All vehicles parked on campus must display a valid campus permit. A Disabled placard issued by the Department of Motor Vehicles is not a substitute for a campus permit.
Your best permit options …
- If you have a Disabled placard or license plate and are an infrequent visitor to UCSB
Purchase a daily or short-term permit from permit dispensers located in parking lots throughout campus. View this Short Term Rates table to determine the cost of a permit.
- If you become disabled
The Department of Motor Vehicles (DMV) is the sole authorizing agency for Disabled placards. If getting to your campus destination imposes a hardship, we suggest that you contact the DMV for information about obtaining a Disabled placard. The DMV determines the duration of the placard.
A valid UCSB permit and a DMV-authorized Disabled placard entitles you to park in any “Disabled” space on campus.
- If you are a disabled UCSB student and wish to apply for a Student parking permit
Students residing within two miles of campus need to visit the Parking Services office to apply for a Student permit. Be prepared to present your Disabled certificate and placard from the DMV. (Click here to determine whether the street on which you live is within two miles of campus.)
Students living outside the two-mile exclusion zone can apply for a Student permit online. Click to begin an order.
Where to park
Visit our drive-up Information Kiosk to speak to a service rep about where to look for conveniently-located parking. You might also use your visit to the Kiosk to pick up a campus map or buy a parking permit from a nearby permit dispenser.
The Information Kiosk is open Monday–Friday from 7:30AM to 8:00PM, and on Saturday–Sunday from 7:30AM to 5:00PM.
While all vehicles parked on campus must display a valid UCSB parking permit, a Disabled placard entitles you to park your vehicle in spaces not otherwise available to campus visitors, staff or students.
- Every parking lot and structure on campus has spaces allocated to Disabled parking. The spaces are marked by a blue “Disabled” sign or curb stop.
- Besides specifically allocated spaces, Disabled placard holders may park in any lot or space designated for visitors, students, faculty or staff.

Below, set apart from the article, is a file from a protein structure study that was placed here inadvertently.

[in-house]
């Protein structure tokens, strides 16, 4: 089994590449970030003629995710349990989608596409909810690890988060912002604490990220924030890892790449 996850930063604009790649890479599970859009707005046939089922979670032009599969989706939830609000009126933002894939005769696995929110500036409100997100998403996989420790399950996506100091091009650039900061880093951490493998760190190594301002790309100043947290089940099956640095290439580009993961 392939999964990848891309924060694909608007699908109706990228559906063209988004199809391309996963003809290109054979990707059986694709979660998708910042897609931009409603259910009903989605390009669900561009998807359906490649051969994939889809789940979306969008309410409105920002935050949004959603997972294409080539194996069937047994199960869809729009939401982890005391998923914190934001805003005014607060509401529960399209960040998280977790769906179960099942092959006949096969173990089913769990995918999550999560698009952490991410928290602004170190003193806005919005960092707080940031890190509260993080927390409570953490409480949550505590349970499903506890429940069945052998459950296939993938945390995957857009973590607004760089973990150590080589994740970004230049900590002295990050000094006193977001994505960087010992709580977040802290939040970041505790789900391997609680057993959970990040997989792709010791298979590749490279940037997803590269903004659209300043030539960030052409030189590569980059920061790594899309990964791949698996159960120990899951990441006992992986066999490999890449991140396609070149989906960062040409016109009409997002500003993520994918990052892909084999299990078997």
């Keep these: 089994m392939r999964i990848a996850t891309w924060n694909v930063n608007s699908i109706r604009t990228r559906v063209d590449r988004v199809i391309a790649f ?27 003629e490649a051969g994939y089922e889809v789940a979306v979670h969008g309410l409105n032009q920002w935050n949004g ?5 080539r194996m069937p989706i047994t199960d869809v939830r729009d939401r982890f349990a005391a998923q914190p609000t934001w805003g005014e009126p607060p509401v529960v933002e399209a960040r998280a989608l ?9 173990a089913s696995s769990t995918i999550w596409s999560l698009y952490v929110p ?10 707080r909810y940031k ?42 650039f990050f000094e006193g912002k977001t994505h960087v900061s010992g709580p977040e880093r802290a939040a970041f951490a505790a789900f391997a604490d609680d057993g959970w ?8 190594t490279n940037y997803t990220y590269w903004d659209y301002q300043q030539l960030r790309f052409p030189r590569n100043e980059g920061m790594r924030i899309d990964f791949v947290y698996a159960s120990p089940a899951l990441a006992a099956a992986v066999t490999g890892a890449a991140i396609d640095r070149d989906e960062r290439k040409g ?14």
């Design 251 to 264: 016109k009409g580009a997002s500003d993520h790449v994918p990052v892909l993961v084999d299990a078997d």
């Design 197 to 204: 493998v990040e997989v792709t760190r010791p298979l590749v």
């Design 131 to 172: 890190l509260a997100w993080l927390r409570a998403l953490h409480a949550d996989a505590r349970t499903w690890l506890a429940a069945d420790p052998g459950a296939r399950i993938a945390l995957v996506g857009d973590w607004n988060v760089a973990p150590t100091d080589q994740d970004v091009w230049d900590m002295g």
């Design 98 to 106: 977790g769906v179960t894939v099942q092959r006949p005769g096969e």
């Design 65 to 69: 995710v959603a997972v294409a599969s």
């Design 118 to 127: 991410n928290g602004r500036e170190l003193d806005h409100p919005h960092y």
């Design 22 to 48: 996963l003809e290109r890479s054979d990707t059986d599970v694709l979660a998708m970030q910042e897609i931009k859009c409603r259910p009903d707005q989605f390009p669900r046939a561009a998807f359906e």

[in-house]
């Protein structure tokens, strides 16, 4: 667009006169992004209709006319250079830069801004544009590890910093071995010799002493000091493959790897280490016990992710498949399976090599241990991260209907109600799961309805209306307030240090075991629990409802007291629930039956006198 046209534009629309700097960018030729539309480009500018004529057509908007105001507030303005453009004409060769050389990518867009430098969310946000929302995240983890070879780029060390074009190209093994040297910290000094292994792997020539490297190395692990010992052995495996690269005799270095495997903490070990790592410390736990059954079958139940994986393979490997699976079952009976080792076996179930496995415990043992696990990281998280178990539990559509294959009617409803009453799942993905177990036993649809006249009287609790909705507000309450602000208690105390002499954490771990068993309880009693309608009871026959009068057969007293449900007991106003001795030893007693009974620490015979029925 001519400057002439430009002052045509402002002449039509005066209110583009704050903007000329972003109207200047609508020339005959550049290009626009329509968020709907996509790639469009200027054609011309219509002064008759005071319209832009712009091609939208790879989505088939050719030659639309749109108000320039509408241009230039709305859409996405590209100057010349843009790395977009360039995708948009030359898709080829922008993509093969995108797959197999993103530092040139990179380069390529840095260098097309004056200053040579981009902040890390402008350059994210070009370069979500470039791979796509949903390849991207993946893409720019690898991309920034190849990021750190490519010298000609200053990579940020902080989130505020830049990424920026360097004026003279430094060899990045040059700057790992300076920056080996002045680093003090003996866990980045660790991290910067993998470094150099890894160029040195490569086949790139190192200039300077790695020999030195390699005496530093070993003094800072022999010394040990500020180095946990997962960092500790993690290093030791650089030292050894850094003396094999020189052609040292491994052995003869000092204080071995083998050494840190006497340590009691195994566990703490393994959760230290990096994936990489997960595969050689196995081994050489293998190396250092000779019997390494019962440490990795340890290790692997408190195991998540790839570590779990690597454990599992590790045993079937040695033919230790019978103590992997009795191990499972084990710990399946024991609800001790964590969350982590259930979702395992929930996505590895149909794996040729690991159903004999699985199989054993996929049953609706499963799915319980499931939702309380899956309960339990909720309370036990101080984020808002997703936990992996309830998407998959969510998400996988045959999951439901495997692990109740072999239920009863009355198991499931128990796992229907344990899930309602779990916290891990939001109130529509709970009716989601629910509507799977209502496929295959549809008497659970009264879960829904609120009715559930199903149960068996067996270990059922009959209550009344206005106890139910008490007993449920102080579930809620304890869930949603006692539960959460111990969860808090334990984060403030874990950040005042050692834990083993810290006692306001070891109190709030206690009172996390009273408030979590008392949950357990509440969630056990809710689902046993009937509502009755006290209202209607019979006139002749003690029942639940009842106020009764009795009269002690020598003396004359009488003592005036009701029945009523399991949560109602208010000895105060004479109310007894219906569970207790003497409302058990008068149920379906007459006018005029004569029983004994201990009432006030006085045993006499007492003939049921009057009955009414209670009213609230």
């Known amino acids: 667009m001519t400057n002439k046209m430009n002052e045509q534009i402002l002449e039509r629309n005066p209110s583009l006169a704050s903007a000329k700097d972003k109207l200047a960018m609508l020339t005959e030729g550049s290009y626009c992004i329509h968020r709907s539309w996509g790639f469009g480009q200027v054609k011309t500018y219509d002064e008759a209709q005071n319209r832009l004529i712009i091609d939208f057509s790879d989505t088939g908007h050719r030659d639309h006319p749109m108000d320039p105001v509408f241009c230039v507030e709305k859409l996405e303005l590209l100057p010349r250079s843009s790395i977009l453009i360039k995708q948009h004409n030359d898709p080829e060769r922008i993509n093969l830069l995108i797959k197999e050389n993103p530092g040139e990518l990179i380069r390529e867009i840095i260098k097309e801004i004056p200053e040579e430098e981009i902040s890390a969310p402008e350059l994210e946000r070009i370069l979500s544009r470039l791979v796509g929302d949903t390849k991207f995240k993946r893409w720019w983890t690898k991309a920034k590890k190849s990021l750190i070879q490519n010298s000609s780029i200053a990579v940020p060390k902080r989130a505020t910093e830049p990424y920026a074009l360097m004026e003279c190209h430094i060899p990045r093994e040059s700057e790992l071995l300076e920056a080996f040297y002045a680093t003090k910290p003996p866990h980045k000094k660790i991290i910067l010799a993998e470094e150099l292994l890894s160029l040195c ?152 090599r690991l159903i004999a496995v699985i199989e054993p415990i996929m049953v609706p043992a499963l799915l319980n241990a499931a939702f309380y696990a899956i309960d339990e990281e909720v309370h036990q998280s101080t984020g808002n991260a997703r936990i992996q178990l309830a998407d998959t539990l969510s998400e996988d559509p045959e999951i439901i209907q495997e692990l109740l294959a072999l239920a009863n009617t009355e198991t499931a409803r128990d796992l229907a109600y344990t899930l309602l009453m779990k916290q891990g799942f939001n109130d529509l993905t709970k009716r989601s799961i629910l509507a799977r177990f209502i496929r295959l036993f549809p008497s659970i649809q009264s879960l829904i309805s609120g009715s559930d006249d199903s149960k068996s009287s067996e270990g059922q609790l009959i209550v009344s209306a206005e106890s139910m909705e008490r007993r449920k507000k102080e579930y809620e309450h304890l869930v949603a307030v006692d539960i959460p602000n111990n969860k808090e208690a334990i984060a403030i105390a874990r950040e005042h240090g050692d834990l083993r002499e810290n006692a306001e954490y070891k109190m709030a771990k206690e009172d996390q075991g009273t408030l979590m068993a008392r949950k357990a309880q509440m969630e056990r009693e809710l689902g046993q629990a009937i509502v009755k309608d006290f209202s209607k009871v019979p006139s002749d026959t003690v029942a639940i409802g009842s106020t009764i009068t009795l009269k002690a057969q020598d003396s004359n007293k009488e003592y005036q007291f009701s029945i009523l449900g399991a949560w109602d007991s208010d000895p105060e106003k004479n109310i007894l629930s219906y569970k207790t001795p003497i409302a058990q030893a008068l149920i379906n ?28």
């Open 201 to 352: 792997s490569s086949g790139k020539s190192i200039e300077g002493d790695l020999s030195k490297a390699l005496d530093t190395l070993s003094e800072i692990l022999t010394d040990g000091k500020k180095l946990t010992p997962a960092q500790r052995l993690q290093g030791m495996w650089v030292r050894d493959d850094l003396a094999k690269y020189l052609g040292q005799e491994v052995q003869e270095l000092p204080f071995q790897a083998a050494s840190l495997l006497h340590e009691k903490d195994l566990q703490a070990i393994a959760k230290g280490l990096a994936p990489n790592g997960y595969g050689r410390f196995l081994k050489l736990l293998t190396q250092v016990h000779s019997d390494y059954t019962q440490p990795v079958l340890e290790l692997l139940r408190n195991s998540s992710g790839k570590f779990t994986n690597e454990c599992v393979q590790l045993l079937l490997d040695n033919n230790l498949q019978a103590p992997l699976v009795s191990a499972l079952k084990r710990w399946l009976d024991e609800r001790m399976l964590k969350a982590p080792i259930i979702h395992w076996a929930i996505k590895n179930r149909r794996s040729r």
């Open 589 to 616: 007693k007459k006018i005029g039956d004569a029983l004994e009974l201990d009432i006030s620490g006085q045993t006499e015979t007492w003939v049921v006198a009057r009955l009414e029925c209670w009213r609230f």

- Time-restricted spaces may be used without regard for the posted time limit.
- Parking in metered spaces without paying the meter is allowed, provided that you display a valid campus permit. Without a valid campus permit, you must pay the meter.
Areas to avoid
Disabled placards are not valid in fire lanes, reserved or restricted areas, or in areas not designated for parking. Parking is not permitted at red curbs or in the blue crosshatched areas adjacent to the accessible spaces.
How Disabled spaces are allocated
Parking Services makes every effort to establish convenient parking spaces for disabled persons. The number and type of spaces are determined in accordance with Americans with Disabilities Act (ADA) guidelines and specifications. The spaces are normally installed in parking areas close to building entrances.
We consider recommendations from the Disabled Students Program and other campus constituents to help us locate Disabled spaces.
FAQs Regarding Disabled Parking At UC Santa Barbara
Why does a disabled person have to pay for parking on campus?
All parking facilities, maintenance and administrative costs for parking are the responsibility of the Transportation & Parking Services units on UC campuses. As a result, Parking Services requires that all individuals utilizing the campus parking facilities pay for their access. Campus policy identifies that all users of the campus' parking facilities share in the costs of campus parking.
Parking Services' authority to establish all rules and regulations for parking on campus property is established through section 21113 of the California Vehicle Code.
Isn't it illegal to charge disabled individuals for parking?
No. Disabled individuals may be charged like any other person to enter a parking facility that requires a fee (i.e., a parking facility for an amusement park, sporting event, or special event). Similarly, the parking facilities at UCSB require a parking fee at all hours. Disabled individuals are provided with more convenient and more accommodating parking options, in accordance with CVC section 22511.5, but may still be responsible for paying for their campus access.
What does California Vehicle Code section 22511.5 mean if it does not mean that I can park for free in the specified zones?
CVC Section 22511.5 means that local authorities cannot restrict a disabled person from using disabled spaces, time zones, etc. Additionally, disabled persons may park at meters while paying the meter fee. Consistent with this section, the campus does not restrict disabled people from parking in these specified spaces. The campus does require that disabled persons pay the appropriate permit rate.